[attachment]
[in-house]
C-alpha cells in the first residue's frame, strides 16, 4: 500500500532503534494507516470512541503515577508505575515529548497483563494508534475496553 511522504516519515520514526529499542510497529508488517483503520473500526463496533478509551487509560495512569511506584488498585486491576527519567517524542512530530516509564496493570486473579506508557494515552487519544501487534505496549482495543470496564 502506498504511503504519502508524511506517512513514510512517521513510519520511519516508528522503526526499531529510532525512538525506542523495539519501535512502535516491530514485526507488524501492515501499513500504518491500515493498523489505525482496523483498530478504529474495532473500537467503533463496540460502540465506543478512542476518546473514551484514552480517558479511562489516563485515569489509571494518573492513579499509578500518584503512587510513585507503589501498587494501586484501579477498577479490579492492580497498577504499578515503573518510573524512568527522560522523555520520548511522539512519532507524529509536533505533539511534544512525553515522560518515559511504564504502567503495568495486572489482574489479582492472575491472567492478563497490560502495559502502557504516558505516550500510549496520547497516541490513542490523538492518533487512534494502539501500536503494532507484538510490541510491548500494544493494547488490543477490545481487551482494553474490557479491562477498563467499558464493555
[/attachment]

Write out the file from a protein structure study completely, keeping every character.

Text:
[in-house]
C-alpha cells in the first residue's frame, strides 16, 4: 500500500532503534494507516470512541503515577508505575515529548497483563494508534475496553 511522504516519515520514526529499542510497529508488517483503520473500526463496533478509551487509560495512569511506584488498585486491576527519567517524542512530530516509564496493570486473579506508557494515552487519544501487534505496549482495543470496564 502506498504511503504519502508524511506517512513514510512517521513510519520511519516508528522503526526499531529510532525512538525506542523495539519501535512502535516491530514485526507488524501492515501499513500504518491500515493498523489505525482496523483498530478504529474495532473500537467503533463496540460502540465506543478512542476518546473514551484514552480517558479511562489516563485515569489509571494518573492513579499509578500518584503512587510513585507503589501498587494501586484501579477498577479490579492492580497498577504499578515503573518510573524512568527522560522523555520520548511522539512519532507524529509536533505533539511534544512525553515522560518515559511504564504502567503495568495486572489482574489479582492472575491472567492478563497490560502495559502502557504516558505516550500510549496520547497516541490513542490523538492518533487512534494502539501500536503494532507484538510490541510491548500494544493494547488490543477490545481487551482494553474490557479491562477498563467499558464493555